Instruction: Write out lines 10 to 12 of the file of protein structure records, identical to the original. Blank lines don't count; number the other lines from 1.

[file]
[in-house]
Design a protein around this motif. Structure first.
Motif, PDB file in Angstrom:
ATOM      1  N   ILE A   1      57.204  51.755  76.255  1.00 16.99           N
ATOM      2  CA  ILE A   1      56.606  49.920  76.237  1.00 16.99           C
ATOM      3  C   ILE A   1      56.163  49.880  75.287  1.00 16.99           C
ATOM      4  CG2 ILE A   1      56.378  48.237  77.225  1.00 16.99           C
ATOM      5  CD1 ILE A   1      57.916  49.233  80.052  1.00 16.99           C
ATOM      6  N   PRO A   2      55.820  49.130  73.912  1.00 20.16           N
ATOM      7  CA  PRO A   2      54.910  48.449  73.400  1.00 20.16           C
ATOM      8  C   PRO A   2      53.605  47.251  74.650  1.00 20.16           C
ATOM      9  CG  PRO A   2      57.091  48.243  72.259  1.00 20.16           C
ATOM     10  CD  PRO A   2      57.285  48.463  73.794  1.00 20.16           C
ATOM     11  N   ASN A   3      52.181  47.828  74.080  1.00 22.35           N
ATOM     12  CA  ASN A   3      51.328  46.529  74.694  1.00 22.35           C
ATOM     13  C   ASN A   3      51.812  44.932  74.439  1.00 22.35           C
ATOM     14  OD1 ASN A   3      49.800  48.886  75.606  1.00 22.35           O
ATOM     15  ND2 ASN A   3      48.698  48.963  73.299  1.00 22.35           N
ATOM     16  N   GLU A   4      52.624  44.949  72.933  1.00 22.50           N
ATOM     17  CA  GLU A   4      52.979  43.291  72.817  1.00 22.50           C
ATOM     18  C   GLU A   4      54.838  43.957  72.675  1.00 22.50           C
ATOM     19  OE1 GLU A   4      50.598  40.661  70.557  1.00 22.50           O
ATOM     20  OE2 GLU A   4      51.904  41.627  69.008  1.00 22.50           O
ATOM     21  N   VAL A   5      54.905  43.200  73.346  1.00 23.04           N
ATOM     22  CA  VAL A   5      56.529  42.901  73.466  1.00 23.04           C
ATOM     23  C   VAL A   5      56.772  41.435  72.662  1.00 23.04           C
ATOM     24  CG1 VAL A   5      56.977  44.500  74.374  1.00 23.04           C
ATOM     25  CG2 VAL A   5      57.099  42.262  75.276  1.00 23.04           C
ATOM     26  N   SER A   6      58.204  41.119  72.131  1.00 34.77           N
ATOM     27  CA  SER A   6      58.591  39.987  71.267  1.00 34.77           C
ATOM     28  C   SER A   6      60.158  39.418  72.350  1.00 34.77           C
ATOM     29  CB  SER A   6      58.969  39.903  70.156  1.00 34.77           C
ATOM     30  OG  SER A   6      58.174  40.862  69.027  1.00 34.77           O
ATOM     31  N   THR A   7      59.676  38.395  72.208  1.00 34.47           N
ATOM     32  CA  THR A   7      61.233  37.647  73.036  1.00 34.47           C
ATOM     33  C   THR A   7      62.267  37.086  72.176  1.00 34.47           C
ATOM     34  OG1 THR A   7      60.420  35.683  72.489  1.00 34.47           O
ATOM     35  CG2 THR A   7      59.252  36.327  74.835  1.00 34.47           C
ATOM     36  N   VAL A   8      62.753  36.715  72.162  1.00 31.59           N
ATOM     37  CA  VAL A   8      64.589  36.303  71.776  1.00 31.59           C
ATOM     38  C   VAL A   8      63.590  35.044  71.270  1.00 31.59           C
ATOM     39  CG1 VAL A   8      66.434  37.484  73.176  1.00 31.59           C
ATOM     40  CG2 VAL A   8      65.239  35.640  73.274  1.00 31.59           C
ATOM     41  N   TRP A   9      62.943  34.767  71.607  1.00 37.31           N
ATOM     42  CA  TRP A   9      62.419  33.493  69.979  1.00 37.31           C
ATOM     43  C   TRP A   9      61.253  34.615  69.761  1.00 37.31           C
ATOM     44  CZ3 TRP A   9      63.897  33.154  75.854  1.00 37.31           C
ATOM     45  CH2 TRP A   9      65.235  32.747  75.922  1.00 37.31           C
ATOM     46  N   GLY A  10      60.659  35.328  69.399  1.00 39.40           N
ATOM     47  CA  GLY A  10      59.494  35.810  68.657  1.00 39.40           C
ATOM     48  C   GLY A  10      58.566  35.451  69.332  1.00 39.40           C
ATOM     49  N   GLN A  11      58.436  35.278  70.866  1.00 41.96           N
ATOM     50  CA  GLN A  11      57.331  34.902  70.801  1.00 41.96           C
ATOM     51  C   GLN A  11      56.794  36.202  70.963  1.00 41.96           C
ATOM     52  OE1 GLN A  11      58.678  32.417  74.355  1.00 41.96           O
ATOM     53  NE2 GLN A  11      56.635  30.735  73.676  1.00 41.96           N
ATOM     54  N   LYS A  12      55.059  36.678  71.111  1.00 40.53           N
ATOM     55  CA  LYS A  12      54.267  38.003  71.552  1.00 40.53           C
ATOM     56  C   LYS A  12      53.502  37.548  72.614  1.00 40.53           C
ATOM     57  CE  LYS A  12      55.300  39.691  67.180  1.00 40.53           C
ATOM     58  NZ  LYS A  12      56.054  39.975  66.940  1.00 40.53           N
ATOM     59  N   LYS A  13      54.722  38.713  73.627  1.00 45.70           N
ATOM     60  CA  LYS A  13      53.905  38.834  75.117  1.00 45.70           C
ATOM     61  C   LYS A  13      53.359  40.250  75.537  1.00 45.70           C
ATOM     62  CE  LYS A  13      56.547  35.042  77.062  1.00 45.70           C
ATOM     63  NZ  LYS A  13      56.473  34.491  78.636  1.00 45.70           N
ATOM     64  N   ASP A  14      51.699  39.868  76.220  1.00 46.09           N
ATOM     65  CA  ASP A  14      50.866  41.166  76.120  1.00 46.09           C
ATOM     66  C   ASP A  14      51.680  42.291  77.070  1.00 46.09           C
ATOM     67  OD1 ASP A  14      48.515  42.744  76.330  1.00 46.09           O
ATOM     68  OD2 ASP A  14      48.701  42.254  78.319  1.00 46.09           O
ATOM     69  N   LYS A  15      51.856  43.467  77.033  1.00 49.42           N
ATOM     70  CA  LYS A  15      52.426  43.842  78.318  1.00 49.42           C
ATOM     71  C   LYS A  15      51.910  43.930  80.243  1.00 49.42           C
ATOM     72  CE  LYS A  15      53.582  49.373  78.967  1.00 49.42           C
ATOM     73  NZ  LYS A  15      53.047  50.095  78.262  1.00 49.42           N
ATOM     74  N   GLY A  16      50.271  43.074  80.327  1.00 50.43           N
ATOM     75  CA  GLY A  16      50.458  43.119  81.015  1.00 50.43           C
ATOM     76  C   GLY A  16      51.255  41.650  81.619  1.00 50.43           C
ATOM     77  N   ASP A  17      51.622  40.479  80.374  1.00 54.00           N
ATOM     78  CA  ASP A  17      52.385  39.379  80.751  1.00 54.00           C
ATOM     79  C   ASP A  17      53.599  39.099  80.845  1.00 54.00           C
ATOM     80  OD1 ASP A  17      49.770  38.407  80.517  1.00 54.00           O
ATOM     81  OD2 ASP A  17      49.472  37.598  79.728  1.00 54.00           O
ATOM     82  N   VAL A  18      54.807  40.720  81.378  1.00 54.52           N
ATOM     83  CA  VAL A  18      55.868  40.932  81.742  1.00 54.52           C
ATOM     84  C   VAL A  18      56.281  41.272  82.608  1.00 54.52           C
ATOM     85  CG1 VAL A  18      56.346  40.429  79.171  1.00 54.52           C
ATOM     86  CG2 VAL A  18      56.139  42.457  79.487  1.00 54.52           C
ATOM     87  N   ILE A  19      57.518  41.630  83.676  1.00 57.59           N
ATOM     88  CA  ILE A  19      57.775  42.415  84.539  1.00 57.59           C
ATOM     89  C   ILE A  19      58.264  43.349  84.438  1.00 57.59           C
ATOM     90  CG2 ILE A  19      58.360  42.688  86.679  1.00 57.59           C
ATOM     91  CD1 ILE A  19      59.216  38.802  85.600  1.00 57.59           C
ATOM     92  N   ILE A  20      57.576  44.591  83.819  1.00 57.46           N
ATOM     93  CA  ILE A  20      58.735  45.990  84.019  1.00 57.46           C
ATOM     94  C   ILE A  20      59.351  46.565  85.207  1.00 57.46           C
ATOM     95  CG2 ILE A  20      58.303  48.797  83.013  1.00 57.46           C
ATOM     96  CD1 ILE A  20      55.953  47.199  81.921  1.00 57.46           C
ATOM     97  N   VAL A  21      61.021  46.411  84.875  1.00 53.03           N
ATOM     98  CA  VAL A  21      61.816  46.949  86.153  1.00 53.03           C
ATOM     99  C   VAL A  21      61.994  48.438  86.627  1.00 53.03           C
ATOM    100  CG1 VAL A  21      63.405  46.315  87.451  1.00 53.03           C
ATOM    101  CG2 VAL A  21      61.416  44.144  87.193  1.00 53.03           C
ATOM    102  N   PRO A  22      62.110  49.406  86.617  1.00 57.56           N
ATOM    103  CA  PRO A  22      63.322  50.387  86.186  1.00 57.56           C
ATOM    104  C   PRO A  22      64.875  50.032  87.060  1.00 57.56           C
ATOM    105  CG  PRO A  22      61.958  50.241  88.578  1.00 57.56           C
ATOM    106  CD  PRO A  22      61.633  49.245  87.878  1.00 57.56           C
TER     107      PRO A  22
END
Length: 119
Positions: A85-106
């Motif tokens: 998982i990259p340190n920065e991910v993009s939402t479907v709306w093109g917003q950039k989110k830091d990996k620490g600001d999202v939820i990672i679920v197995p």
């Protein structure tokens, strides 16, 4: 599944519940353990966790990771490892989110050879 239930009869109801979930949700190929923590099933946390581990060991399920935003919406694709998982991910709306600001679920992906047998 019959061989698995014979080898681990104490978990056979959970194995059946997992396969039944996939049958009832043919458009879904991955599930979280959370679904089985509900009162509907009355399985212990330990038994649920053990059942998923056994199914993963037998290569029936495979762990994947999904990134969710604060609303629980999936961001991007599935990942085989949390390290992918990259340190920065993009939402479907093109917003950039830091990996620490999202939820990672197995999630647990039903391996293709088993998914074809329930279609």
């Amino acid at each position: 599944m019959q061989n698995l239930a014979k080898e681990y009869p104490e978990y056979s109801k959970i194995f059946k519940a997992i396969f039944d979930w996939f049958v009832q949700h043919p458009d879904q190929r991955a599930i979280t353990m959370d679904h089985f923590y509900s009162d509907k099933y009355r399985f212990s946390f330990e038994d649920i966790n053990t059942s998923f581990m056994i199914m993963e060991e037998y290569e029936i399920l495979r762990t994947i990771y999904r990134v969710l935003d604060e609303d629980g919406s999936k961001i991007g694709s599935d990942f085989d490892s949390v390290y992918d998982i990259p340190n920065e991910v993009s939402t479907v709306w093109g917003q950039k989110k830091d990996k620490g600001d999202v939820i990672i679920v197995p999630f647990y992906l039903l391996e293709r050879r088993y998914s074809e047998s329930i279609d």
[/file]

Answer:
ATOM      7  CA  PRO A   2      54.910  48.449  73.400  1.00 20.16           C
ATOM      8  C   PRO A   2      53.605  47.251  74.650  1.00 20.16           C
ATOM      9  CG  PRO A   2      57.091  48.243  72.259  1.00 20.16           C